Medical Malpractice Cap Constitutional and Lower Courts Bound to Follow
In Olivier v. Magnolia Clinic, 11-2132 (La. 3/13/12), 85 So. 2d 39, the Louisiana Supreme Court overturned a ruling by the Louisiana Third Circuit Court of Appeal holding that the $500,000 cap under the Medical Malpractice Act (MMA) was unconstitutional when applied to Nurse Practitioners. In overruling the Third Circuit, the Supreme Court reminded the lower courts that they declared the cap constitutional in the 1992 Butler decision and that the lower courts are bound to follow the last expression of law by the highest court of the state. Along with reaffirming Butler, the court also clarified its role as tasked with reviewing the laws to ensure constitutionality, not to create law, which is the role of the legislature.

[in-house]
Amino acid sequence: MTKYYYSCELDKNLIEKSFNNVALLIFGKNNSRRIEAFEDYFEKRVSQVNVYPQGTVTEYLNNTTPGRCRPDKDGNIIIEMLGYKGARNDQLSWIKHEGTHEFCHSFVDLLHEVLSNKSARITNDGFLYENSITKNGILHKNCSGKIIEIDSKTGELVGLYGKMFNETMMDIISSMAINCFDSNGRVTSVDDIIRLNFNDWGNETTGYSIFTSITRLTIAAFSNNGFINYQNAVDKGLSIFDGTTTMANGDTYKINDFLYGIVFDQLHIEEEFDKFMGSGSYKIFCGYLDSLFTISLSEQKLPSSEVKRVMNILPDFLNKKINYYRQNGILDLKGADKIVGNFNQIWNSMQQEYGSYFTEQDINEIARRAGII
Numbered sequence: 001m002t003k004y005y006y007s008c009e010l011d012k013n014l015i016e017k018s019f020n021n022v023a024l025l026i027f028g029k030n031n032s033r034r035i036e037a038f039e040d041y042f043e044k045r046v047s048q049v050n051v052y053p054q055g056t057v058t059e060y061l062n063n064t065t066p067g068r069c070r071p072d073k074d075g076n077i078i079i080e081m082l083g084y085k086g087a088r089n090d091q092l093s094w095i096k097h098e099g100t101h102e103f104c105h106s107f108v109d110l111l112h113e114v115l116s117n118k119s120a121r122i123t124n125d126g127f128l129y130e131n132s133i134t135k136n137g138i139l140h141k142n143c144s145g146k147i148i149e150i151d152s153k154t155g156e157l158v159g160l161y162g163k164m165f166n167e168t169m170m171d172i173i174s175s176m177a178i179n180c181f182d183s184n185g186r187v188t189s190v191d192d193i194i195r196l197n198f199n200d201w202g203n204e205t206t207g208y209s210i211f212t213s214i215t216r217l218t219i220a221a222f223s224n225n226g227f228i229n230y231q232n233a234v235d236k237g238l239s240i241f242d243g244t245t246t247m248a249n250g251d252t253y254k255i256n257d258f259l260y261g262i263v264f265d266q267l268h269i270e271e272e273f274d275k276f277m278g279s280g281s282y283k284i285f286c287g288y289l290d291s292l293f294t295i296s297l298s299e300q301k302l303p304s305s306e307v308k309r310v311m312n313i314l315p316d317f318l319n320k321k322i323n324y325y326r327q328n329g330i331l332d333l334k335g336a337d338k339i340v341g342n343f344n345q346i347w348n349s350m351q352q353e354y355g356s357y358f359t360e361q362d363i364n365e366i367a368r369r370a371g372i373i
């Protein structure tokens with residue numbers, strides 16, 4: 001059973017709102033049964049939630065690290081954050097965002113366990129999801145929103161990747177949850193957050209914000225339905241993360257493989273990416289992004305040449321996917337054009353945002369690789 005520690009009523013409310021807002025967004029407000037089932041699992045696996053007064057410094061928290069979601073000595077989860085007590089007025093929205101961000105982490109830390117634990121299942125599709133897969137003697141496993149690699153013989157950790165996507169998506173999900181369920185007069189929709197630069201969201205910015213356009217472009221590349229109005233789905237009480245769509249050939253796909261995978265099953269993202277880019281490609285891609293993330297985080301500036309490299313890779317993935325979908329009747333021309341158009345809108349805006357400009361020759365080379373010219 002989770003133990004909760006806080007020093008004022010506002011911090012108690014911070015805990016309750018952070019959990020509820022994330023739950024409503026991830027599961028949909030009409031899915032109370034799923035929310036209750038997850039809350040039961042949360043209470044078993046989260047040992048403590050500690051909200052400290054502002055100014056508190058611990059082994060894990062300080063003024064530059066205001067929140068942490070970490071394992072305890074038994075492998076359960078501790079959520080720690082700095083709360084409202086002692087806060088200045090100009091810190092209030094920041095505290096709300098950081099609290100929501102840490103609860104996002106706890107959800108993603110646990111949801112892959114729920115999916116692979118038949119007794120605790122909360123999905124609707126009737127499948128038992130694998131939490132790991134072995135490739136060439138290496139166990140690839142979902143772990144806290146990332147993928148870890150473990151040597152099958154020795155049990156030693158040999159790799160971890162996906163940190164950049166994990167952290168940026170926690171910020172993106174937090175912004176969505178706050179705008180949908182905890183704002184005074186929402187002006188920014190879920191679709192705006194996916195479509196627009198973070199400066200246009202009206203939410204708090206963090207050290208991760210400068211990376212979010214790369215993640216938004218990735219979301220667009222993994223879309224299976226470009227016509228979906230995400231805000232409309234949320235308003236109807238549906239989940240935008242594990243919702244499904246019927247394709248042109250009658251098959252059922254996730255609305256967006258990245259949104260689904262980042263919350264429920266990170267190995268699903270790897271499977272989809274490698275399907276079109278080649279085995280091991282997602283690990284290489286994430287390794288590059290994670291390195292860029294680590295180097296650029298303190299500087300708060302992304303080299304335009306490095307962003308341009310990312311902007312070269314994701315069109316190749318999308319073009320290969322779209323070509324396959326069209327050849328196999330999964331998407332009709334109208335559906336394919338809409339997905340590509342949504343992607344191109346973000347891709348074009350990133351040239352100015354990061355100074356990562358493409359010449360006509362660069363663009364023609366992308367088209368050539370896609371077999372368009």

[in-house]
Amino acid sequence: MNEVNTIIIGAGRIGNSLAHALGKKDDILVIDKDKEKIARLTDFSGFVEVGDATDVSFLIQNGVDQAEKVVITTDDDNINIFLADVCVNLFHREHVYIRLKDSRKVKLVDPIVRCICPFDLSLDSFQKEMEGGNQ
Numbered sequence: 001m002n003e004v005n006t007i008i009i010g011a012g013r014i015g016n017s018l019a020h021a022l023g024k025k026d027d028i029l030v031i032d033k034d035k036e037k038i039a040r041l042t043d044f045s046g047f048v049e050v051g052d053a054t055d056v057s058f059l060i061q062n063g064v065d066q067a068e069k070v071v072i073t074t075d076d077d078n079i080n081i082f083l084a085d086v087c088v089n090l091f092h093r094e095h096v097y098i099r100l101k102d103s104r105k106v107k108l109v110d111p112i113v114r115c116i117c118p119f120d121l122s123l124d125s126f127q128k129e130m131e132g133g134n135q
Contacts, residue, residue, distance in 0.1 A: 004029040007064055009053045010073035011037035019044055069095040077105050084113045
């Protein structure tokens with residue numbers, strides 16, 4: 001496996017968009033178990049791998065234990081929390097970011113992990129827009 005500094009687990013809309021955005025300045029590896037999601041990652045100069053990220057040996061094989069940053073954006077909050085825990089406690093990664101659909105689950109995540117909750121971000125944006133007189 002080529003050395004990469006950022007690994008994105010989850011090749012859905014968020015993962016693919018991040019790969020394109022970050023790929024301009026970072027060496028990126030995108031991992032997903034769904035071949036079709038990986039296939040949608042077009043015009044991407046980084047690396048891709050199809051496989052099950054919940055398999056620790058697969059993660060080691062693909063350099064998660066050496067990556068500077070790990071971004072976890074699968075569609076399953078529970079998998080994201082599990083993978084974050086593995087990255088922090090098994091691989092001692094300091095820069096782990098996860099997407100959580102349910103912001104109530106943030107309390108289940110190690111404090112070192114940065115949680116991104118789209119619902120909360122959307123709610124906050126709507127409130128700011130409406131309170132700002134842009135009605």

Justice Johnson concurred in part and dissented in part, believing that the court had a responsibility to revisit the constitutionality of the medical malpractice cap to determine whether the empirical data supports the State’s position that the limitation on damages is still required to avert a health care crisis. Justice Johnson further stated that he did not believe that the economic factors justifying the cap have been realized and would declare the cap unconstitutional.
What This Means Going Forward
While this decision has been heralded by the business community as reigning in judicial activism in the lower courts, Olivier could also indicate a changing tide in the constitutionality of the MMA if the court chooses to revisit the issue in the future.
Allen & Gooch is providing this legal update for informational purposes only. This article should not be construed as legal advice or a legal opinion as to any specific facts or circumstances. You should consult your own attorney concerning your particular situation and any specific legal questions you may have.